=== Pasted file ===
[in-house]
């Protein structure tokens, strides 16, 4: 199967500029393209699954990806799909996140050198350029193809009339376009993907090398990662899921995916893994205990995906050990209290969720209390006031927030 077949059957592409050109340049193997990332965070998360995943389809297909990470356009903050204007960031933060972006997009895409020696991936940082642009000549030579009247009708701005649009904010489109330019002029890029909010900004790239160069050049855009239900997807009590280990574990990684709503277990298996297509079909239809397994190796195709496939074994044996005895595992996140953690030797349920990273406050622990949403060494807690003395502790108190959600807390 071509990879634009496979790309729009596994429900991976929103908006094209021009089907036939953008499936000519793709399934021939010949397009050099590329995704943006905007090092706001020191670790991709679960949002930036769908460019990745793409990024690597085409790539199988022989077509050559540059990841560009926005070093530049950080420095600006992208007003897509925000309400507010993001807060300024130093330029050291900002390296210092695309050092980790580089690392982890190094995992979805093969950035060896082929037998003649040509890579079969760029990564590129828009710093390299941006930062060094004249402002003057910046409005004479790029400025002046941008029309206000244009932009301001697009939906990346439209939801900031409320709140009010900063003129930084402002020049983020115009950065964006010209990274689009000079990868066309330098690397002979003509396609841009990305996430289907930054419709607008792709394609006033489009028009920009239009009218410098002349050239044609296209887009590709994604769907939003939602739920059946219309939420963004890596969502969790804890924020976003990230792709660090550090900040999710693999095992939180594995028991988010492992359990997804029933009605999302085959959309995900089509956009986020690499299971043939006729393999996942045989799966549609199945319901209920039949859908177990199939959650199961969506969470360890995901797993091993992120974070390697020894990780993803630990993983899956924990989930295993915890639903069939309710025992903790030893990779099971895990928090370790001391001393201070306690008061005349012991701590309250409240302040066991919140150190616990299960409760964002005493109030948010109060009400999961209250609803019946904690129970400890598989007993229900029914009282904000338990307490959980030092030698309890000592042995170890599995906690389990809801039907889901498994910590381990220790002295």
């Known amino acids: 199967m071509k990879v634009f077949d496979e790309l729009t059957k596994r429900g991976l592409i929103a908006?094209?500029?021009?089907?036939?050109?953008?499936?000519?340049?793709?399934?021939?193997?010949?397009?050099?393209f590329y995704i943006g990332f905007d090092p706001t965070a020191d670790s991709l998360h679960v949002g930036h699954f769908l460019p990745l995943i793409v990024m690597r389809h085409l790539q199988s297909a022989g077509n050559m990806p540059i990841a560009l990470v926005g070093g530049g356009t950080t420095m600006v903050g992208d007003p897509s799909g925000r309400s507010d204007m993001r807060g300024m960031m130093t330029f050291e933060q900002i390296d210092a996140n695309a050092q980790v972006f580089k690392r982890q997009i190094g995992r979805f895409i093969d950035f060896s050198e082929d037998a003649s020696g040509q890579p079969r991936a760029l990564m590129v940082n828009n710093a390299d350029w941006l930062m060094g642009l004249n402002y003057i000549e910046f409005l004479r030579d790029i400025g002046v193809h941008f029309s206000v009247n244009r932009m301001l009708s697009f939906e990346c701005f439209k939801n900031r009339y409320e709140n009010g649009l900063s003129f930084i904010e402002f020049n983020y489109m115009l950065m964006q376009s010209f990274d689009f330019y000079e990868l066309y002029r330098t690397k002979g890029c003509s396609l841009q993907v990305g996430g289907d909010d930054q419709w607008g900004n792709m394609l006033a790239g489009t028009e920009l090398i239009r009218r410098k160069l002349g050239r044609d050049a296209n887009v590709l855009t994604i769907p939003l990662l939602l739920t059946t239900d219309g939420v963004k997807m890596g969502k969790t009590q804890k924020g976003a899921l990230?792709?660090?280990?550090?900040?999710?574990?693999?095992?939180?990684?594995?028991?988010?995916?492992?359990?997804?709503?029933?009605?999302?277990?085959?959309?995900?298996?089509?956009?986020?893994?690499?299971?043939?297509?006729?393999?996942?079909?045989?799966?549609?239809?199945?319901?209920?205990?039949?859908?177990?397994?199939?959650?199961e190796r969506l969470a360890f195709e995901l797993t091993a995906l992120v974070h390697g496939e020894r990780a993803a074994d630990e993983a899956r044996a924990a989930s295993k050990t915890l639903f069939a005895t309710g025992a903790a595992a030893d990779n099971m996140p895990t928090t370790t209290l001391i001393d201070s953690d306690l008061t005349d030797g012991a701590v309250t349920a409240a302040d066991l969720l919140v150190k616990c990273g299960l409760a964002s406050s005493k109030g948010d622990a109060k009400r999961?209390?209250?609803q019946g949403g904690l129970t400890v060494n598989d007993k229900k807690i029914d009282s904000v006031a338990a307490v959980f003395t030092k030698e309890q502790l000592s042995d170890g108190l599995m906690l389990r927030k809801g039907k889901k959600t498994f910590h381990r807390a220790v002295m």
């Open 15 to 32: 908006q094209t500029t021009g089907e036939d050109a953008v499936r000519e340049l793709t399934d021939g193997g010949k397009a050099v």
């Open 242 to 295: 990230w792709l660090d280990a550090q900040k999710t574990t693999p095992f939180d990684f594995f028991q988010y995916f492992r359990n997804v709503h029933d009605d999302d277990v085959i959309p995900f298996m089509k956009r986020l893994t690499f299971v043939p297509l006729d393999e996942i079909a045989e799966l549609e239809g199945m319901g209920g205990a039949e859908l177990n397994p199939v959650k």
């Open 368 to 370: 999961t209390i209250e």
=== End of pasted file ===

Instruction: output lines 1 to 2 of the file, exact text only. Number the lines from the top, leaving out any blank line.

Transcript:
[in-house]
């Protein structure tokens, strides 16, 4: 199967500029393209699954990806799909996140050198350029193809009339376009993907090398990662899921995916893994205990995906050990209290969720209390006031927030 077949059957592409050109340049193997990332965070998360995943389809297909990470356009903050204007960031933060972006997009895409020696991936940082642009000549030579009247009708701005649009904010489109330019002029890029909010900004790239160069050049855009239900997807009590280990574990990684709503277990298996297509079909239809397994190796195709496939074994044996005895595992996140953690030797349920990273406050622990949403060494807690003395502790108190959600807390 071509990879634009496979790309729009596994429900991976929103908006094209021009089907036939953008499936000519793709399934021939010949397009050099590329995704943006905007090092706001020191670790991709679960949002930036769908460019990745793409990024690597085409790539199988022989077509050559540059990841560009926005070093530049950080420095600006992208007003897509925000309400507010993001807060300024130093330029050291900002390296210092695309050092980790580089690392982890190094995992979805093969950035060896082929037998003649040509890579079969760029990564590129828009710093390299941006930062060094004249402002003057910046409005004479790029400025002046941008029309206000244009932009301001697009939906990346439209939801900031409320709140009010900063003129930084402002020049983020115009950065964006010209990274689009000079990868066309330098690397002979003509396609841009990305996430289907930054419709607008792709394609006033489009028009920009239009009218410098002349050239044609296209887009590709994604769907939003939602739920059946219309939420963004890596969502969790804890924020976003990230792709660090550090900040999710693999095992939180594995028991988010492992359990997804029933009605999302085959959309995900089509956009986020690499299971043939006729393999996942045989799966549609199945319901209920039949859908177990199939959650199961969506969470360890995901797993091993992120974070390697020894990780993803630990993983899956924990989930295993915890639903069939309710025992903790030893990779099971895990928090370790001391001393201070306690008061005349012991701590309250409240302040066991919140150190616990299960409760964002005493109030948010109060009400999961209250609803019946904690129970400890598989007993229900029914009282904000338990307490959980030092030698309890000592042995170890599995906690389990809801039907889901498994910590381990220790002295």